However, this careful manipulation of emotions and sensibilities is merely a foil for the greater theme of the novel – the ethics of genetic engineering, and specifically the ethics of creating or “harvesting” human clones with the specific purpose of using their healthy organs to save others.
By presenting the clones’ side of the story, Ishiguro skilfully condemns such ideas (although, thankfully, in our world, they are not in practice… yet) and invites the reader to reach similarly damning conclusions, all without specifically stating his abhorrence. Instead, he focuses on their humanity and draws us into empathising with them, thus establishing them as equals and therefore the treatment of them as unfair and perhaps even barbaric.
In this manner, Ishiguro is able to make profound criticisms of genetic engineering, without becoming bogged down in the technicalities or coming off as preachy or pretentious. Though Ruth might be seen as a callous and selfish figure, who only repents when it is too late, the implicit message is that the unseen populace (i.e. us) are the real monsters, for allowing such sacrifices to be made and such abuses to be committed.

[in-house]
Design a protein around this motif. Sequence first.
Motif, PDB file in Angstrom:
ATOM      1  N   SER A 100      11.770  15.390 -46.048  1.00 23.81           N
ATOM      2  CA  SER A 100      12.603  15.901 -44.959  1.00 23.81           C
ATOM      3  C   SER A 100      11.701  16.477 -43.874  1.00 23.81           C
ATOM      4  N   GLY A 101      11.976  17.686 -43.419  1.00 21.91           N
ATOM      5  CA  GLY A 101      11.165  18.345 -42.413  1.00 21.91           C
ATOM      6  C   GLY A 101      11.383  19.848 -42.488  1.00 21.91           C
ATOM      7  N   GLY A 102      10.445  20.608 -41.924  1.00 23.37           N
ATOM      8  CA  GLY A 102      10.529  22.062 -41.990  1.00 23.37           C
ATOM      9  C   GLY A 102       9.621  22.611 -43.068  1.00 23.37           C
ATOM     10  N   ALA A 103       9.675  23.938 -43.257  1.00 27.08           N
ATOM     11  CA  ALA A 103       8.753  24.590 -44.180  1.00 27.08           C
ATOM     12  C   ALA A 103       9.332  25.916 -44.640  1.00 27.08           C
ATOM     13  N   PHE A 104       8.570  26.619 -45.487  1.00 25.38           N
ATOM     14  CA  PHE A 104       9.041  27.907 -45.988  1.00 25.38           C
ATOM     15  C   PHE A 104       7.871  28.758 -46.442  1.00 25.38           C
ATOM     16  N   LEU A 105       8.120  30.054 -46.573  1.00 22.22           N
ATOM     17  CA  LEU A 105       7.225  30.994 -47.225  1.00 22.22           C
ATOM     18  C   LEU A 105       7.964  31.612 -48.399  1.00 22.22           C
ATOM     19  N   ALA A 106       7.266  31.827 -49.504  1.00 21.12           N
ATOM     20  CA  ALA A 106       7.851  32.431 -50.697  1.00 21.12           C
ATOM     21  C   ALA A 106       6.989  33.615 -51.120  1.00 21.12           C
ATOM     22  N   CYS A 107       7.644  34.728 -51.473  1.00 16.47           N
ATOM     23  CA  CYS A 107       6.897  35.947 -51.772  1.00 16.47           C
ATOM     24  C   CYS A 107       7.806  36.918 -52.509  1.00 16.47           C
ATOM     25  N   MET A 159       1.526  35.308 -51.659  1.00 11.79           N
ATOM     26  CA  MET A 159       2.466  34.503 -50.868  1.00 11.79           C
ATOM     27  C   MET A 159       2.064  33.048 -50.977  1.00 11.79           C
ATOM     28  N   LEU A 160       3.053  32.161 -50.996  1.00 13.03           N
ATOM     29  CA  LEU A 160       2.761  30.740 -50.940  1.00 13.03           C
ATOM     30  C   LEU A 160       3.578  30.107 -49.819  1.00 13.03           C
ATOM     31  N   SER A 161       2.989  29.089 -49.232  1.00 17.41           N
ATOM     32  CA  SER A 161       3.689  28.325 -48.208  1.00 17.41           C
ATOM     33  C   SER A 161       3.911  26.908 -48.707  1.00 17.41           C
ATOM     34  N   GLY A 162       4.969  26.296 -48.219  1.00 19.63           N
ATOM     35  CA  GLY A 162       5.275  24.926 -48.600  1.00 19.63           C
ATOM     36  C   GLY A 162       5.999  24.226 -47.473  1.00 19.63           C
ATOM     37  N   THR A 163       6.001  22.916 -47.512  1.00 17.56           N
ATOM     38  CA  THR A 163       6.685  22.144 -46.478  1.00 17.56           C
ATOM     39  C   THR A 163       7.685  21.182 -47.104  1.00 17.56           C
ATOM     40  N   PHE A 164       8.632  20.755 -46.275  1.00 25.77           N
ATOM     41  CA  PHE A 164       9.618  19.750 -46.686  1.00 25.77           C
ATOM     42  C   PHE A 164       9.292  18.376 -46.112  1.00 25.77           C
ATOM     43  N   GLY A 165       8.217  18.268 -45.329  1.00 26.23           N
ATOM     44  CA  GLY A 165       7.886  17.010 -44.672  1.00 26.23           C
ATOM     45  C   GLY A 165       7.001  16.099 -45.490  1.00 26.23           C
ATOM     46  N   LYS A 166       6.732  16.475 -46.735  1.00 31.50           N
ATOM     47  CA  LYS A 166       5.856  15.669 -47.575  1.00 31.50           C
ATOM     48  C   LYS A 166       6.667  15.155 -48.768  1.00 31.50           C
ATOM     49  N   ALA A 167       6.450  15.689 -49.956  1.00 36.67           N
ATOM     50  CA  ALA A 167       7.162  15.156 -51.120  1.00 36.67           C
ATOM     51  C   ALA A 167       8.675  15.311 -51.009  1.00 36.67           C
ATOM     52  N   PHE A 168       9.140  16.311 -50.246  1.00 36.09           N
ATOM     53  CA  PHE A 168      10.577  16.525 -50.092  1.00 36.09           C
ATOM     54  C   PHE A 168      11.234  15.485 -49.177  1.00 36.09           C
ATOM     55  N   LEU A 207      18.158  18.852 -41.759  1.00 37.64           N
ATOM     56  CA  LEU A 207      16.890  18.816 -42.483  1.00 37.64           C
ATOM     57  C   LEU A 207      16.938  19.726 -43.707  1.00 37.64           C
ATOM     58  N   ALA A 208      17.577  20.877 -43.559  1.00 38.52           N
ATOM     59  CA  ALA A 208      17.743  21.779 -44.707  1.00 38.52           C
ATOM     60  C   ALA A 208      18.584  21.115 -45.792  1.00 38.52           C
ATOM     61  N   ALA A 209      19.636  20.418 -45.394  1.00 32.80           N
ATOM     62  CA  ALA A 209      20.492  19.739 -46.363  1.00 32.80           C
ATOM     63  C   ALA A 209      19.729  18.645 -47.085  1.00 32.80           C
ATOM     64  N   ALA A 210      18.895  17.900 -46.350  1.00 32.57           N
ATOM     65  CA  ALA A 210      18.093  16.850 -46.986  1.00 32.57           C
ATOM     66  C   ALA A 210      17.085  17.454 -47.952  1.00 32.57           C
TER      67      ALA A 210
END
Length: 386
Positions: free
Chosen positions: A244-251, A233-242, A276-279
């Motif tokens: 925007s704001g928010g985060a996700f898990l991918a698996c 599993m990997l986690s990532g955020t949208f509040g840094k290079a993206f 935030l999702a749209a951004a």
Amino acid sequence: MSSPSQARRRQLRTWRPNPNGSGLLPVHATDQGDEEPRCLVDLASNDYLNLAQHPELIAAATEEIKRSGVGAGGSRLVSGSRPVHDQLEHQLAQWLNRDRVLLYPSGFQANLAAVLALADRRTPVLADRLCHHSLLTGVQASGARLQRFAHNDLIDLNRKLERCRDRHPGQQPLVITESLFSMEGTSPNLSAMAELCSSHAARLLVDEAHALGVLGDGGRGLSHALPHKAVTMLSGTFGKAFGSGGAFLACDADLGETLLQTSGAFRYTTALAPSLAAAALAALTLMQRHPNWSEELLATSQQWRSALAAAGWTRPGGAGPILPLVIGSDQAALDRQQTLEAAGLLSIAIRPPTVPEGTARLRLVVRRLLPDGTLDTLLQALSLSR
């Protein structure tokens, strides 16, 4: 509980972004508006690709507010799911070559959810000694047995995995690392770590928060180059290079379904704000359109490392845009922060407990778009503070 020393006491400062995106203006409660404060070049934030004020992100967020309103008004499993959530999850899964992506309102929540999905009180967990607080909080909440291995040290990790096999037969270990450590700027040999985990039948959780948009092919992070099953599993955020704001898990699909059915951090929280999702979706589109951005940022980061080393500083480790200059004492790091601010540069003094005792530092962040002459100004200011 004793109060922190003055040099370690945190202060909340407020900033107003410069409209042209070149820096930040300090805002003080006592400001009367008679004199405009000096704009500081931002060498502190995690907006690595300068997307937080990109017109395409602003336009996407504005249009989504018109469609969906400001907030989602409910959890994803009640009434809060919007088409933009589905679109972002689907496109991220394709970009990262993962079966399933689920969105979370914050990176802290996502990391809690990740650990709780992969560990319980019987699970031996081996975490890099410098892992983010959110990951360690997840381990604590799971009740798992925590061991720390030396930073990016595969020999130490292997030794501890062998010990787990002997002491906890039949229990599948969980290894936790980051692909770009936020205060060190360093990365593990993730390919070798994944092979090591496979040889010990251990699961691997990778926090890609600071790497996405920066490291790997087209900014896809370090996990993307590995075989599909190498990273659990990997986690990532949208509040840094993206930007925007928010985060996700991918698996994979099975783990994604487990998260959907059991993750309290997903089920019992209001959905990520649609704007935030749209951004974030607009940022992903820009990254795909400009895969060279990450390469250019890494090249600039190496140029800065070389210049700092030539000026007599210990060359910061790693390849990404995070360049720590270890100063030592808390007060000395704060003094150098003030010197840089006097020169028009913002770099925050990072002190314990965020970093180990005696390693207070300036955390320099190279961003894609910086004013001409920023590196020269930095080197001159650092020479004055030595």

A fantastic read which engages the reader of an emotional level and rings true with our own experiences, yet with a hidden condemnation of a practice that hopefully will never become a reality.
Brilliant anecdotal writing which elicits sympathy and absorption in the characters from the reader; a subtle but damning view of a touchy subject without explicitly condemning it; novel subject matter.
The ending, somewhat bleak and inconclusive as it is, may leave some readers unsatisfied.
If you can’t stop thinking about the respective plights and fates of Kathy, Ruth, Tommy – or indeed any of the donors – and want to discuss the finer points of the story, please do so below.Why not even mimic the summary format of the last part of my article? That way you can also create a book review for Never Let Me Go in an abridged and stress-free form.
I’d genuinely love to get involved in a dialogue about what the book meant to you, as an individual.